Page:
When Ashwini Doddalingappanavar was 15, her parents told her she did not need to study further since they were looking to get her married. In the tiny village of Kurugovinakoppa in north Karnataka, about 14km from the taluk headquarters of Nargund, where she lived in a joint family home of 12 members, most girls would study up till “degree class” (class X) and get married.
“Most families don’t want to spend money on girls’ education. People think getting married is the only aim for girls. If some girl goes out (to study or work), they start spreading rumours about her and that’s why families are afraid to give freedom to girls,” says Ashwini (she prefers to use only her first name) over the phone in precise English. In fact, even convincing her parents, who are farmers, to send her to Nargund for high school was a challenge for Ashwini. But when it came to sending her to college, they absolutely refused to support her. “They told me that the only reward I could give them was getting married,” says Ashwini, 24.
Ashwini’s story is not, by any measure, a unique one in India. In fact, by having been “allowed to study” till class X, she was better off than millions of girls who are forced to drop out even earlier. Ashwini, however, refused to be told that she had no choice in her future. She had heard of a skills training institute in Hubbali, the nearest big town, about 70km away, and was determined to get there. Using her meagre savings, she ran away from home one day, took a bus to Hubbali, and walked into the office of the Deshpande Foundation, a non-profit that runs a pioneering programme to provide industry-specific skills to unemployed rural youth.
“When I entered the building, I thought I could not survive here. I had never lived away from home, never stayed in a hostel,” Ashwini recalls. She did not have enough money to pay for the subsidized four-month skilling course that the facilitators at the Deshpande Foundation advised her to take up, so she convinced them to let her join the ongoing course midway and pay only half the fees, promising that she would catch up with the work. She did. It was during the skilling course, which included basic computer literacy along with communication and presentation skills, that she picked up spoken English.
She was selectedfor a job soon after she finished the course, in 2018. The offer to work with the Meghshala Trust, a Bengaluru-based non-profit organisation that focuses on using technology to provide tools and resources for teachers to improve the quality of education in government schools, turned out to be yet another turning point in Ashwini’s life. She picked up the skills needed for the job remarkably quickly and was soon working with the trust in Bengaluru.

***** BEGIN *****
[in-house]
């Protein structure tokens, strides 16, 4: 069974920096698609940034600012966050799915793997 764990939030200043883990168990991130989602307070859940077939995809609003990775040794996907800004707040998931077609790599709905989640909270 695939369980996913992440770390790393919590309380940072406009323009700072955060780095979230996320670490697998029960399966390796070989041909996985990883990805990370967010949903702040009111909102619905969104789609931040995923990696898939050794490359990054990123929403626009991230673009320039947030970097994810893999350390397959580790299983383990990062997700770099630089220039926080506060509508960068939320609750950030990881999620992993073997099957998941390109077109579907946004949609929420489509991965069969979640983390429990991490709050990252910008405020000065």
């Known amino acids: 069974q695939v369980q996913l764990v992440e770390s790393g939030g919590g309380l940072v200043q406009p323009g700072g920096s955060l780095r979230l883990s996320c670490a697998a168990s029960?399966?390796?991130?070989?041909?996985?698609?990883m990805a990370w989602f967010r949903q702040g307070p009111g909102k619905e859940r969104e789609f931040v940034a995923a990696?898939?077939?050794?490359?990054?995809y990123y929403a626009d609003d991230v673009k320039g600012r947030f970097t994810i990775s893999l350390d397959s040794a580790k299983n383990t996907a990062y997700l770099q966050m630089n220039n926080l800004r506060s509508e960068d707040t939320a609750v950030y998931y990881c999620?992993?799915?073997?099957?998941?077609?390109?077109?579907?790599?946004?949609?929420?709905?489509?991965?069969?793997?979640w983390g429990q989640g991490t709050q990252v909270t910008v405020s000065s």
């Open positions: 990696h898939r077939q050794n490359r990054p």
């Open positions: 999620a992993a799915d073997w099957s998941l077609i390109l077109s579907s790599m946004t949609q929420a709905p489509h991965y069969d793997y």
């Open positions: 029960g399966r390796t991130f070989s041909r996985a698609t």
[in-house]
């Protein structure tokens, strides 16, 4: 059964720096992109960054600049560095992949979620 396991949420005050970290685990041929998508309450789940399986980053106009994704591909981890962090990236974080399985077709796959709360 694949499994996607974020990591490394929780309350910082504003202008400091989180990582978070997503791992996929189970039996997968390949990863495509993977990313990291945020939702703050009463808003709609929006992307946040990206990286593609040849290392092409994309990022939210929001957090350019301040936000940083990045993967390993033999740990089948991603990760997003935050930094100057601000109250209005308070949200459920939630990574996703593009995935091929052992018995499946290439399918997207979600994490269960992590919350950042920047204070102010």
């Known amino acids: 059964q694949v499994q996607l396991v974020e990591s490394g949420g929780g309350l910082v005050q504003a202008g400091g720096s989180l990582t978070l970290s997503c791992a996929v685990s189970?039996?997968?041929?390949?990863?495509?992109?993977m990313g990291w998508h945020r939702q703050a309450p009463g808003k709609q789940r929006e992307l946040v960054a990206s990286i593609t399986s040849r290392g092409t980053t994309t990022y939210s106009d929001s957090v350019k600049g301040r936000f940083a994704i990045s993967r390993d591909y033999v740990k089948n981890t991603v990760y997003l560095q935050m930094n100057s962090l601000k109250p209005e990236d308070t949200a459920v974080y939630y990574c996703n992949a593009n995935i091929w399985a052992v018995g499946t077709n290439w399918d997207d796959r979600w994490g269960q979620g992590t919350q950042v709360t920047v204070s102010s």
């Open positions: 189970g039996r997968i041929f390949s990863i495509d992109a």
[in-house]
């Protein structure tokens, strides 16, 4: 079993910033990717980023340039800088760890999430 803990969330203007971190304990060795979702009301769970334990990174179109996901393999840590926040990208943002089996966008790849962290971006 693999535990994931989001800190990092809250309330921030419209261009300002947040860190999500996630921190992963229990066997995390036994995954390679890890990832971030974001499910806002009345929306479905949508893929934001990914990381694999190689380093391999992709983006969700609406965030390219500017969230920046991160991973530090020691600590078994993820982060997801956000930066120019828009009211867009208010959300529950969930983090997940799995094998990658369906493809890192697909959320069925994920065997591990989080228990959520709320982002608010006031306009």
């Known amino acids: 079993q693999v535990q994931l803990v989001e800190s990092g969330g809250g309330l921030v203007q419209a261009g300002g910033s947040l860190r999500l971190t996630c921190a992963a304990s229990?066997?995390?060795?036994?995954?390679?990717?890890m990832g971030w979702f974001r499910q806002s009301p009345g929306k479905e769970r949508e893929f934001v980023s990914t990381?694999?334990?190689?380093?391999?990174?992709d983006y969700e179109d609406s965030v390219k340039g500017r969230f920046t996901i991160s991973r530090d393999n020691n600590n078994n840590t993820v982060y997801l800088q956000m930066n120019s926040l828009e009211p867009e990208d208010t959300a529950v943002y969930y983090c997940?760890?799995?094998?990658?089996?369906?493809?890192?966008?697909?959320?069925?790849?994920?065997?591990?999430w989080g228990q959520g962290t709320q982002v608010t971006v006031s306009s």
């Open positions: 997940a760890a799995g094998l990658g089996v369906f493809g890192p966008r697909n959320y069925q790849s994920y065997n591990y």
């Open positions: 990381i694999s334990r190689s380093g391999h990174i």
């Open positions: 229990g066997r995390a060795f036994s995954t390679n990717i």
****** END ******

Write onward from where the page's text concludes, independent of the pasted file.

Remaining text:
The Meghshala Trust creates digital “teachkits” for classes I-VIII for maths, English, science and social studies. These are made available to teachers in government schools through an app, also called Meghshala, which helps them supplement textbooks with a dynamic and interactive curriculum. Implementation associates like Ashwini help train teachers to use the app. By the beginning of this year, she was working with 20 government schools in and around Bengaluru, visiting each once a month to update and retrain teachers in using the application.
Then the covid-19 pandemic struck and Ashwini was forced to return to her village. The first few months were tough as she found herself being sucked back into the quiet, uneventful domestic life of her home and village, but her skill with the Meghshala app came in handy as soon as the government allowed schools to take classes online. Since the internet in her village is patchy, she realized that teachers at the local government school and others that she was in touch with were struggling to take classes online. So she came up with a tech-based solution using screen-recording facilities for teachers to utilize the app in a wholly online environment. At the same time, she started training students and women in her village to use smartphones and gain basic computer literacy—something she continues to be engaged in as she waits for the pandemic to subside so she can return to Bengaluru.
Ashwini’s story was chosen by tech company Lenovo as one of 10 narratives of young women from across the world who have used technology to transform their lives. A short film featuring her is part of the company’s New Realities project, which uses 360-degree Virtual Reality camera techniques to tell the stories of ordinary-but-remarkable young women like Ashwini.
The pandemic made it necessary for her to shoot the film herself, using equipment shared with her, with guidance from the film’s producers. “Initially people in my village laughed to see a girl with a camera shooting ordinary things, but they were curious too,” says Ashwini, laughing. “I hope that if even one family decides that they will educate their daughter because of me, I will feel I have achieved something in life.”